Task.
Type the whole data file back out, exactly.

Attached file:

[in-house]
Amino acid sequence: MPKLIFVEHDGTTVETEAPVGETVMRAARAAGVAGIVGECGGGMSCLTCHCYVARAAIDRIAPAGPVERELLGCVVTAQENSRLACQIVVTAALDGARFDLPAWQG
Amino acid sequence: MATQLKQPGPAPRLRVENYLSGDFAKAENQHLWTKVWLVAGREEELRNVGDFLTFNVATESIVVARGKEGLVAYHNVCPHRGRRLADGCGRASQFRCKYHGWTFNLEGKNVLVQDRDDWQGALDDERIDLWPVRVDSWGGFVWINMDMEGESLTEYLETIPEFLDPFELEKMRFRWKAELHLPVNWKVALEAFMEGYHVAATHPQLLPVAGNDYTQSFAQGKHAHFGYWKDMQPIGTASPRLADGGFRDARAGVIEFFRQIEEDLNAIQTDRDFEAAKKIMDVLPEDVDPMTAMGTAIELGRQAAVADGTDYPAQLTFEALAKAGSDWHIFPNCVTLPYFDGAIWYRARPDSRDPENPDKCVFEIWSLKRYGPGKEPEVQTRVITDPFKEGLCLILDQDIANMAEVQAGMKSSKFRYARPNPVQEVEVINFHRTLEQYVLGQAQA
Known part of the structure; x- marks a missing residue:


[in-house]
Amino acid sequence: MPKLIFVEHDGTTVETEAPVGETVMRAARAAGVAGIVGECGGGMSCLTCHCYVARAAIDRIAPAGPVERELLGCVVTAQENSRLACQIVVTAALDGARFDLPAWQG
Amino acid sequence: MATQLKQPGPAPRLRVENYLSGDFAKAENQHLWTKVWLVAGREEELRNVGDFLTFNVATESIVVARGKEGLVAYHNVCPHRGRRLADGCGRASQFRCKYHGWTFNLEGKNVLVQDRDDWQGALDDERIDLWPVRVDSWGGFVWINMDMEGESLTEYLETIPEFLDPFELEKMRFRWKAELHLPVNWKVALEAFMEGYHVAATHPQLLPVAGNDYTQSFAQGKHAHFGYWKDMQPIGTASPRLADGGFRDARAGVIEFFRQIEEDLNAIQTDRDFEAAKKIMDVLPEDVDPMTAMGTAIELGRQAAVADGTDYPAQLTFEALAKAGSDWHIFPNCVTLPYFDGAIWYRARPDSRDPENPDKCVFEIWSLKRYGPGKEPEVQTRVITDPFKEGLCLILDQDIANMAEVQAGMKSSKFRYARPNPVQEVEVINFHRTLEQYVLGQAQA
Known part of the structure; x- marks a missing residue: